Lessening Penalties and Getting Your License Back as Soon as Possible

The best way to avoid penalties for DUI is to avoid conviction for DUI or DUI causing injury. However, there are some things you can do if you are convicted:

  • Apply for a restricted license with the DMV. If your license has been suspended but not revoked, you can apply for a restricted license. This will only allow you to drive back and forth to work and your drug and alcohol education program. To get a restricted license, you’ll need to either be enrolled in or have completed a drug and alcohol education program, have proof of car insurance, have completed less than 12 months of your suspension, and pay the reinstatement fees.
  • Request an administrative hearing with the DMV and contest the license suspension. The court will order your license suspended the moment you’re convicted of DUI. The best strategy for fighting a license suspension is to not be convicted of any DUI. However, you can petition to your license back if it’s been suspended improperly. You have ten days after sentencing to request an administrative hearing with the DMV and contest your license suspension. You or your lawyer must be present. An administrative hearing isn’t like a criminal trial. The procedure is somewhat different, and there is no jury.

If you can’t get your license back through an administrative hearing, you can keep your suspension from being prolonged or turning into a revocation by doing the following:

  • Not driving with a suspended license. You can’t drive for any duration of time for any distance while your license is suspended.
  • Completing any court-ordered drug and alcohol education program. Completing this as soon as possible shows that you take responsibility for driving under the influence and are making strides not to do it again.
  • Staying sober. Have no alcohol and take no drugs except your own prescription medication as prescribed by your doctor.
  • Demonstrating that you’re financially responsible. You’ll need to demonstrate that you're financially responsible before you can get your license back. This means having proof of car insurance.
  • If you’re on probation, walking the line. Don’t break the law. Avoid people, places, and situations that could lead you to temptation or to simply being mixed up in something. If you're on formal probation, keep all of your appointments with your probation officer and do as he or she tells you.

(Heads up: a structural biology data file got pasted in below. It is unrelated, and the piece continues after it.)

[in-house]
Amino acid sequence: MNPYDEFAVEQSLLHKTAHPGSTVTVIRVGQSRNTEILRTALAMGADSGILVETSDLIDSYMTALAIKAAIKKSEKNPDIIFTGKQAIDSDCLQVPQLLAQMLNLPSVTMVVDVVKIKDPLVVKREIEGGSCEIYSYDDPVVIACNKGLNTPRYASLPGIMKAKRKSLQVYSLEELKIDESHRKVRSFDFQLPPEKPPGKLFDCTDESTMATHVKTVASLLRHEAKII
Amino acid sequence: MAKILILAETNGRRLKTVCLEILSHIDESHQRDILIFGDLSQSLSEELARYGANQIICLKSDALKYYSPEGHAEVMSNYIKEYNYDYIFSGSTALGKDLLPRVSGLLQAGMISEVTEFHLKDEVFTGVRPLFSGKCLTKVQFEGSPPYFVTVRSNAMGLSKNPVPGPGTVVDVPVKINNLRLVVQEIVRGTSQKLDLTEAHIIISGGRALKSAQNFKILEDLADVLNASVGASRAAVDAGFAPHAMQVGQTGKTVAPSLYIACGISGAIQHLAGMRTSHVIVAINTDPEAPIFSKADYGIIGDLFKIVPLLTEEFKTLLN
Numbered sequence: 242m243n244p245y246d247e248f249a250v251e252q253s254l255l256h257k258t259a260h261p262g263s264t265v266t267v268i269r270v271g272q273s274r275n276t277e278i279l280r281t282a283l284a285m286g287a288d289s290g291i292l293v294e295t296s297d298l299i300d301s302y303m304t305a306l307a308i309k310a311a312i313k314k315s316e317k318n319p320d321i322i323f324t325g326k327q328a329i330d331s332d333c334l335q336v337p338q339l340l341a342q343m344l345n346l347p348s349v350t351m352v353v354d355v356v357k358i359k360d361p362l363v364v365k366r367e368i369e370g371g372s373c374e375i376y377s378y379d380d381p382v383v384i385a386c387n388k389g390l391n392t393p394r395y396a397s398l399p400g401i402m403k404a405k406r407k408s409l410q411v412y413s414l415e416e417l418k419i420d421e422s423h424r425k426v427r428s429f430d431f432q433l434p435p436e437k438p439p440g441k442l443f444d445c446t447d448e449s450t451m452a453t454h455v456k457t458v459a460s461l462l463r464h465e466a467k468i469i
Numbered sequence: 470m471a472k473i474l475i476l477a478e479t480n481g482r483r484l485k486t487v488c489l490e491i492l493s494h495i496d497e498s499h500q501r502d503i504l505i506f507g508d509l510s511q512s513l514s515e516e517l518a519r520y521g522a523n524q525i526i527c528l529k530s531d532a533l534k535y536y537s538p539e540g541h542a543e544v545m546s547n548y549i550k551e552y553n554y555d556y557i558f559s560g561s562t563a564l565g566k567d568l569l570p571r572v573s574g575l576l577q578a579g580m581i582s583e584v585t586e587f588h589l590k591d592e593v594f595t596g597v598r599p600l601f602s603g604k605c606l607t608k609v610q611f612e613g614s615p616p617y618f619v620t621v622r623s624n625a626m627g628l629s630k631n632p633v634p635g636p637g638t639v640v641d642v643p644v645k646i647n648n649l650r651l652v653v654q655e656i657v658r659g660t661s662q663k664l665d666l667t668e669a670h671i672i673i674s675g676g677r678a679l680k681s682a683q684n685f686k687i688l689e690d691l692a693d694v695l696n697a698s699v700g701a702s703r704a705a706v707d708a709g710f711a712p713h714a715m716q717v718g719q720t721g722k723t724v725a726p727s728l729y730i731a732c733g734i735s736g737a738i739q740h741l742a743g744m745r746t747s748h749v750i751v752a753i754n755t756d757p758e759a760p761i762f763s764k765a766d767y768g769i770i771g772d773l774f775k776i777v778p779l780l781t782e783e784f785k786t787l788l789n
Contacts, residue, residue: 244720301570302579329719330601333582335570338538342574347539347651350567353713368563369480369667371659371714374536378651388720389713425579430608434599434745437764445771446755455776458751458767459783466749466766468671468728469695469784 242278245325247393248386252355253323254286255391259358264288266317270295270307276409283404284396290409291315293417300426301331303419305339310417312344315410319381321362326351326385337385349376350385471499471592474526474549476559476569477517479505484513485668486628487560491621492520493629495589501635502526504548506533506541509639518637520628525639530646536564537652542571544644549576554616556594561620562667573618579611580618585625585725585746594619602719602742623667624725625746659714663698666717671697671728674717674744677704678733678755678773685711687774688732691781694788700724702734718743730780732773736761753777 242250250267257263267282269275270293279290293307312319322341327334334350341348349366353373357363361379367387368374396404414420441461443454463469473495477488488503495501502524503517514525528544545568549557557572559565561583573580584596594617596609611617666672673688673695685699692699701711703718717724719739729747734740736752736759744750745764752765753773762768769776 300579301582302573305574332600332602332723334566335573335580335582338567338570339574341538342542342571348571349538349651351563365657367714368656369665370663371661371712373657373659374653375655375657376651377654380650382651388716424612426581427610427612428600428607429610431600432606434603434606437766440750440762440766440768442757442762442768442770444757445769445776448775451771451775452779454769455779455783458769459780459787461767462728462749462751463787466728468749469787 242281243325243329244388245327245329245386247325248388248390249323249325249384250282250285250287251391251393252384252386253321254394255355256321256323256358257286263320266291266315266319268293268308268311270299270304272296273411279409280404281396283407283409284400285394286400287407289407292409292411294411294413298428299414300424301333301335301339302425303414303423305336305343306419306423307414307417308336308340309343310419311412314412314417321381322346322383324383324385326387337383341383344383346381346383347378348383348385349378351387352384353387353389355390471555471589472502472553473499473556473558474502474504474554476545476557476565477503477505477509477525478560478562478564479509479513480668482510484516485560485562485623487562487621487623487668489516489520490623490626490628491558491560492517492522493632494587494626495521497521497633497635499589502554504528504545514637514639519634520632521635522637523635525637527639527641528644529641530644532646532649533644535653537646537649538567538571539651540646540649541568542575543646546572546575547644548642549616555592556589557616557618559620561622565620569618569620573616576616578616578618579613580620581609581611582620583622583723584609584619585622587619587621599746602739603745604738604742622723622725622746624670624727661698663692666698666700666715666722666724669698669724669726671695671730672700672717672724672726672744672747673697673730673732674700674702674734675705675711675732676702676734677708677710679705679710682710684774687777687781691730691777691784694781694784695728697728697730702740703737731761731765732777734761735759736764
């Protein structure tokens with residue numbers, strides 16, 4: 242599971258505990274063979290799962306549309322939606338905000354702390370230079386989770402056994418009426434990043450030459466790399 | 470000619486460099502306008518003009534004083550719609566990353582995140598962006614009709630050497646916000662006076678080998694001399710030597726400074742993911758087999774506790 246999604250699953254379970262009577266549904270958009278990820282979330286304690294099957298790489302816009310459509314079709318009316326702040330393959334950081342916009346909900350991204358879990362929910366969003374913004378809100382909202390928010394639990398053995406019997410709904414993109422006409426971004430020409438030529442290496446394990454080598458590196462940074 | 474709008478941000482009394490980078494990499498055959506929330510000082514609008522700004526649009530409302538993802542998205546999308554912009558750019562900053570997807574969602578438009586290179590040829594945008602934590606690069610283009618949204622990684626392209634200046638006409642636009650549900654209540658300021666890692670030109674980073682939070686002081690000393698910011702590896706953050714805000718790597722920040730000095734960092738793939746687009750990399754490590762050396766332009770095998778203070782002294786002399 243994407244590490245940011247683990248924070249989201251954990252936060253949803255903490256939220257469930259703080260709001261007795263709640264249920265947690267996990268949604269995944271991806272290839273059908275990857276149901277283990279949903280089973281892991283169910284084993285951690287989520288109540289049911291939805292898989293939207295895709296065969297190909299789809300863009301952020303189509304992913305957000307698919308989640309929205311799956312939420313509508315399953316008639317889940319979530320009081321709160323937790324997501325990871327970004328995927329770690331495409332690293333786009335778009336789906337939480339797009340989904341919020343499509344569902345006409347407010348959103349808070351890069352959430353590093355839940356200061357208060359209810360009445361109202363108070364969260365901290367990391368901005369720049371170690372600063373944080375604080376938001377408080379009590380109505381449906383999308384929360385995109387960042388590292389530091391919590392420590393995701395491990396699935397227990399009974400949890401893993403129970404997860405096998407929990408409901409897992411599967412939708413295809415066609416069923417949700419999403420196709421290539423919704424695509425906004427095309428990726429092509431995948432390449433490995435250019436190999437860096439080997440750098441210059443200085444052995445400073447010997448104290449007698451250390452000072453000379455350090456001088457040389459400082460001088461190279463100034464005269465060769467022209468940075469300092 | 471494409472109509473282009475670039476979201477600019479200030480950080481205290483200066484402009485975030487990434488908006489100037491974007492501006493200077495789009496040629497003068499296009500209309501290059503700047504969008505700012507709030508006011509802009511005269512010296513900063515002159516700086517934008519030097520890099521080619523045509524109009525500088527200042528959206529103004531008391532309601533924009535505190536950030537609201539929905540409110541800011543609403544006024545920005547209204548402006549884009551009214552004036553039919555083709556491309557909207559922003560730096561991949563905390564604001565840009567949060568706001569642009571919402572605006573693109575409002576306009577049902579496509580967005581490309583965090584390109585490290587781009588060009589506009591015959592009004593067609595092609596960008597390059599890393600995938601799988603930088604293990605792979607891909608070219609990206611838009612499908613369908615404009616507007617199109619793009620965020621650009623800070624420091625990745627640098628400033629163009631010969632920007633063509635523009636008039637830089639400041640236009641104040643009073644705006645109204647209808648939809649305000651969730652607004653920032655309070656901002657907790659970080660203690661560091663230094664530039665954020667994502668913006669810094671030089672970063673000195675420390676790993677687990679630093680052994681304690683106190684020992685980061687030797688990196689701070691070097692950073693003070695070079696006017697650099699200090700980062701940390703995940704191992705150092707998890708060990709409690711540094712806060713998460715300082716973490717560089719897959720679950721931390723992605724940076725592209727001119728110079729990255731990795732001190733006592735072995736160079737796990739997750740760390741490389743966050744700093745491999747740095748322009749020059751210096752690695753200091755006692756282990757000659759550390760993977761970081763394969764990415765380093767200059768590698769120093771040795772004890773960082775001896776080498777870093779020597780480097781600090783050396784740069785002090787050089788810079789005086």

Final Thoughts

If you’re currently facing a DUI or DUI causing injury charge, you may be wondering what penalties you could be facing. The facts in your case and how you proceed may make all the difference between a light and a harsh sentence.

If you're facing charges for DUI or DUI causing injury, or are currently seeking to get your license reinstated, speak to a criminal defense attorney who can help you get your license and your life back. Get legal advice from an experienced criminal lawyer by calling Long Beach Criminal Lawyer at 562-304-5121

References


  1. Cal. Veh. Code §13352(a).

  2. Cal. Pen. Code §1170(a).

  3. Cal. Pen. Code §1170(a)(3), Furman v. Georgia, 408 U.S. 238, 281 (1972).

  4. Cal. Pen. Code §1170(c).

  5. Cal. Veh. Code §13352(a); STATE OF CALIFORNIA DEPARTMENT OF MOTOR VEHICLES. Fast Facts: Immediate Driver License Suspension or Revocation: Drivers Age 21 and Older. https://www.dmv.ca.gov/portal/wcm/connect/1983da48-3c57-433b-912c-b2db4a5cc3f2/ffdl35.pdf?MOD=AJPERES&CONVERT_TO=url&CACHEID=1983da48-3c57-433b-912c-b2db4a5cc3f2 Last accessed Jul 24, 2017.

  6. See Larsen v. Dep't of Motor Vehicles (1995) 12 Cal.4th 278, 280 [48 Cal.Rptr.2d 151, 906 P.2d 1306]: [“Vehicle Code section 13352, subdivision (a)(1), imposes a duty upon the Department of Motor Vehicles (DMV) to suspend the license of any driver, in the case of a first offense, for a period of six months "upon receipt of a duly certified abstract of the record of any court showing that the person has been convicted" of the criminal offense of driving under the influence of an alcoholic beverage or any drug. ( Veh. Code, § 23152 et seq.) Section 13352 makes no distinction between convictions arising in California and equivalent convictions arising out of state.”]

  7. Cal. Veh. Code §23538(a)(3).

  8. Cal. Pen. Code §1203(a).

  9. Cal. Veh. Code §23646.

  10. Vehicle Code, § 23152.

  11. Vehicle Code, § 23153.

  12. Vehicle Code, §§ 23103, 23103.5.

  13. Vehicle Code, § 23152.

  14. Vehicle Code, § 23153.

  15. Vehicle Code, §§ 23103, 23103.5.

  16. Vehicle Code, § 23152.

  17. Vehicle Code, § 23153.

  18. Vehicle Code, §§ 23103, 23103.5.

  19. Cal. Veh. Code §13352.5.

  20. Cal. Veh. Code §13352.5.

  21. Cal. Veh. Code §13352.5(a).

  22. See Cal. Pen. Codes §§281-283 for the crime and punishment of bigamy.

  23. See STATE OF CALIFORNIA DEPARTMENT OF MOTOR VEHICLES. Fast Facts: Immediate Driver License Suspension or Revocation: Drivers Age 21 and Older. https://www.dmv.ca.gov/portal/wcm/connect/1983da48-3c57-433b-912c-b2db4a5cc3f2/ffdl35.pdf?MOD=AJPERES&CONVERT_TO=url&CACHEID=1983da48-3c57-433b-912c-b2db4a5cc3f2 Last accessed Jul 24, 2017.

  24.